Retired Gen. Martin Dempsey, chairman of USA Basketball who served on the Rice commission, pushed back at the suggestion that Rice and colleagues were prodding the NCAA to try to launch a youth program to compete with the so-called grass-roots leagues run by Nike, Adidas and Under Armour.
“We don’t want the NCAA to try to take over grass roots. . . . What we’re looking for is a more inclusive environment in the summer, with the three big stakeholders — the NCAA, the NBA and USA Basketball — all having a bigger voice,” Dempsey said in a phone interview.
Nike, Adidas and Under Armour declined to comment. In interviews, grass-roots coaches and officials said regardless of what Rice commission members say, by directing the NCAA to create its own youth camps in July and then bar college coaches from attending other events, the commission essentially was asking the NCAA to try to compete with shoe company events.
And, in a competition between shoe companies and the NCAA for the allegiance of thousands of teenagers — coaches, officials and players said — an NCAA-run basketball camp will face significant challenges relating to what marketing professionals call “brand image.”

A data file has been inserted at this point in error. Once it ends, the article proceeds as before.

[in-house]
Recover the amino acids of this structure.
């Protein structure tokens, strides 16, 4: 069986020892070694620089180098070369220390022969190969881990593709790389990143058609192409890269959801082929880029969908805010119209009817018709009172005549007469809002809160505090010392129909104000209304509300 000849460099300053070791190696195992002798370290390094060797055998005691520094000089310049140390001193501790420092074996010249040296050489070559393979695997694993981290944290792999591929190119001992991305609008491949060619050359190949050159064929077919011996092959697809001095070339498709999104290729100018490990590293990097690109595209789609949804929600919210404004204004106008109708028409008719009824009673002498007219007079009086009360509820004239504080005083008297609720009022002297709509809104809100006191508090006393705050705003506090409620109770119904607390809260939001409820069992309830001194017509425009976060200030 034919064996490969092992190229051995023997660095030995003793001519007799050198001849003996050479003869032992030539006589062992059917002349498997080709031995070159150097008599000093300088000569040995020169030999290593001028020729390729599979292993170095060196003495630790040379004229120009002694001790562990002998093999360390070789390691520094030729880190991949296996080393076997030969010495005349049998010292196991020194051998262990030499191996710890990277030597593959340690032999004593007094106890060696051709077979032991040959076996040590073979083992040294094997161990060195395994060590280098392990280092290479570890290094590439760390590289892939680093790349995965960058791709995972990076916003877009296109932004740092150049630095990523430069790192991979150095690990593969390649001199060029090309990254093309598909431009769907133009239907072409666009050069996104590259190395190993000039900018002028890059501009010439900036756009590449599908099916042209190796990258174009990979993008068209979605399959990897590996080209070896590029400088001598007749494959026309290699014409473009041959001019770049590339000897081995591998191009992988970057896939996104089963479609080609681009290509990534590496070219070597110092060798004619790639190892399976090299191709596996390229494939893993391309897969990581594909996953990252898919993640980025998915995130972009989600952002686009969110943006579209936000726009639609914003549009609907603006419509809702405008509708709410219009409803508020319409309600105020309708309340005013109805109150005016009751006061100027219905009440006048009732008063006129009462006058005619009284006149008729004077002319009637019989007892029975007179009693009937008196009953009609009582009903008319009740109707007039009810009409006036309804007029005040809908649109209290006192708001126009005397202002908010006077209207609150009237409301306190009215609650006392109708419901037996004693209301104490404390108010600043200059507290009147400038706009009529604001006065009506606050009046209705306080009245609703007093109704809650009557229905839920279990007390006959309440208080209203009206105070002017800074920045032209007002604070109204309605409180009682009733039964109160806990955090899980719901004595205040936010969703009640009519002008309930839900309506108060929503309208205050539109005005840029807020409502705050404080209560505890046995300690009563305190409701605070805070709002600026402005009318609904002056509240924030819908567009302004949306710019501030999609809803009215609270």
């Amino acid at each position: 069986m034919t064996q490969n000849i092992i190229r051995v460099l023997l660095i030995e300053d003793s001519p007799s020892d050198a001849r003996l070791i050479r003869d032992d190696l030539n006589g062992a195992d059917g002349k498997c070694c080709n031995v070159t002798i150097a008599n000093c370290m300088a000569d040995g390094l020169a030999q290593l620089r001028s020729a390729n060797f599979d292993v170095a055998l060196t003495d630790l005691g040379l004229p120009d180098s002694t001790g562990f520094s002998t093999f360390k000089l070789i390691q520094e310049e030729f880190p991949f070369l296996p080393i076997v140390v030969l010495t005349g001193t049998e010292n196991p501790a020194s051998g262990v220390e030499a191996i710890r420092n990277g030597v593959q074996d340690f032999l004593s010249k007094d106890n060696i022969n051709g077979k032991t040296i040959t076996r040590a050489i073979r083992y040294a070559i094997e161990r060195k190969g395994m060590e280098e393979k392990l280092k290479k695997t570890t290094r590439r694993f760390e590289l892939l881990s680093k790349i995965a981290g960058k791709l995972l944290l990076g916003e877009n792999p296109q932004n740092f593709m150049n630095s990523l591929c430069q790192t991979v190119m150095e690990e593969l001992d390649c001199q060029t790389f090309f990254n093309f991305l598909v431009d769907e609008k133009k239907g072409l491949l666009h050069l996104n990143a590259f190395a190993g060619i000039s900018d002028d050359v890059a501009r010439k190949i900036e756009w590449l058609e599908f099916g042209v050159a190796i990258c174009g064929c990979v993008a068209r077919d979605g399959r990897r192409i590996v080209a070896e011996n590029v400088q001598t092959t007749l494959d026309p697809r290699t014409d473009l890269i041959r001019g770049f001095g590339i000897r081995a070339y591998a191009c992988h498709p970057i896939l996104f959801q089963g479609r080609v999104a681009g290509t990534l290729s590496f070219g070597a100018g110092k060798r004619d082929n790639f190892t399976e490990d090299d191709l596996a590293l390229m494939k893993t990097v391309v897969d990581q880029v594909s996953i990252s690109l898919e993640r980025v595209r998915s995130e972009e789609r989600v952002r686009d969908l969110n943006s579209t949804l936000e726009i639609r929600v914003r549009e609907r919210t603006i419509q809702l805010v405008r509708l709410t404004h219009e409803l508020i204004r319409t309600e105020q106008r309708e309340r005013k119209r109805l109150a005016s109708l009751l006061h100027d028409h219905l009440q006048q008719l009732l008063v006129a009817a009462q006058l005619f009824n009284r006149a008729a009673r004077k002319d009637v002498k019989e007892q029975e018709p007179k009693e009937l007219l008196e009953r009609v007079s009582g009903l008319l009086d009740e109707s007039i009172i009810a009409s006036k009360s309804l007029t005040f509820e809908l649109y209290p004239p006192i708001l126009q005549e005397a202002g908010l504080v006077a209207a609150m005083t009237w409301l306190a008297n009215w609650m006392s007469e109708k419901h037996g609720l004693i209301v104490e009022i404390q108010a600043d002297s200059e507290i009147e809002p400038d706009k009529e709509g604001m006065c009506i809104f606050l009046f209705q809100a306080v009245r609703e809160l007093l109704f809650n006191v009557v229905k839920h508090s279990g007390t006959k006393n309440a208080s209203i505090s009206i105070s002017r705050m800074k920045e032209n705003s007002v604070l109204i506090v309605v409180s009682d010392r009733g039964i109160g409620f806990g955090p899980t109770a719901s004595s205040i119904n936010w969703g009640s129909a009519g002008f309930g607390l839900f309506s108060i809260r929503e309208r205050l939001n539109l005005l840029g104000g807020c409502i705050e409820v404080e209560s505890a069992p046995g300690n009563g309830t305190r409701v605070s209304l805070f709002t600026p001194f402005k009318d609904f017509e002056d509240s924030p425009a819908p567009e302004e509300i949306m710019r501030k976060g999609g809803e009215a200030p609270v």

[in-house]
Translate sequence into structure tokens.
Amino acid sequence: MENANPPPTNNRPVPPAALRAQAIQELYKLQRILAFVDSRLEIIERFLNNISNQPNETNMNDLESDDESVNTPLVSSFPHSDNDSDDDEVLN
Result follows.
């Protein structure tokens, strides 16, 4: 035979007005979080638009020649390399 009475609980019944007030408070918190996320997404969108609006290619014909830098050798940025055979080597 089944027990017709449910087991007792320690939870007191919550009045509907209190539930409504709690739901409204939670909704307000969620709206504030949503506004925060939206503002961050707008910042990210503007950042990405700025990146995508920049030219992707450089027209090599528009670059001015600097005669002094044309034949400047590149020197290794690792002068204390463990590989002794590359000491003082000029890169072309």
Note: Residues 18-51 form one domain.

“The NCAA is looked at as an evil empire by the really talented young players,” said Seth Greenberg, the former Virginia Tech coach and ESPN analyst who works part time for Adidas, running several camps. “There is a growing mind-set among the parents and the players who feel that the elite players are being exploited, that the TV contracts [for college basketball] are so crazy that everyone’s making money but the kids. Shoe companies aren’t going anywhere. Grass-roots basketball isn’t going anywhere.”
The NCAA declined to comment for this story, as did the National Association of College Basketball Coaches, which is working with the NCAA on implementing Rice’s proposals.
The presence of top college coaches gives shoe company events significant cachet, coaches and officials said, and the NCAA barring coaches from attending July events probably would have an impact, potentially reducing turnout of some players and fans.
But youth league officials doubt the absence of college coaches would scare away teenagers who entertain dreams of playing in the NBA and signing endorsement deals with one of the shoe companies. Some of the older grass-roots teams have deep roots in urban centers and several alumni in the NBA — perhaps, most notably, Nike’s Oakland Soldiers and Adidas’s Atlanta Celtics — and are viewed by star teenagers in those cities as the best way to showcase their talents for pro scouts and agents.
The criticism of Rice’s proposals in these communities underscores the reality that, unlike NCAA President Mark Emmert and other top college sports officials, many grass-roots league officials don’t view the five- and six-figure payments allegedly arranged by an Adidas executive for the families of top recruits with outrage or revulsion.
“I just think the worst thing in the world comes every March, when [the NCAA tournament] will make billions and billions of dollars and those kids will get peanuts,” said Karl McCray, founder of the Atlanta Celtics, whose alumni include Dwight Howard, Josh Smith and Joe Johnson.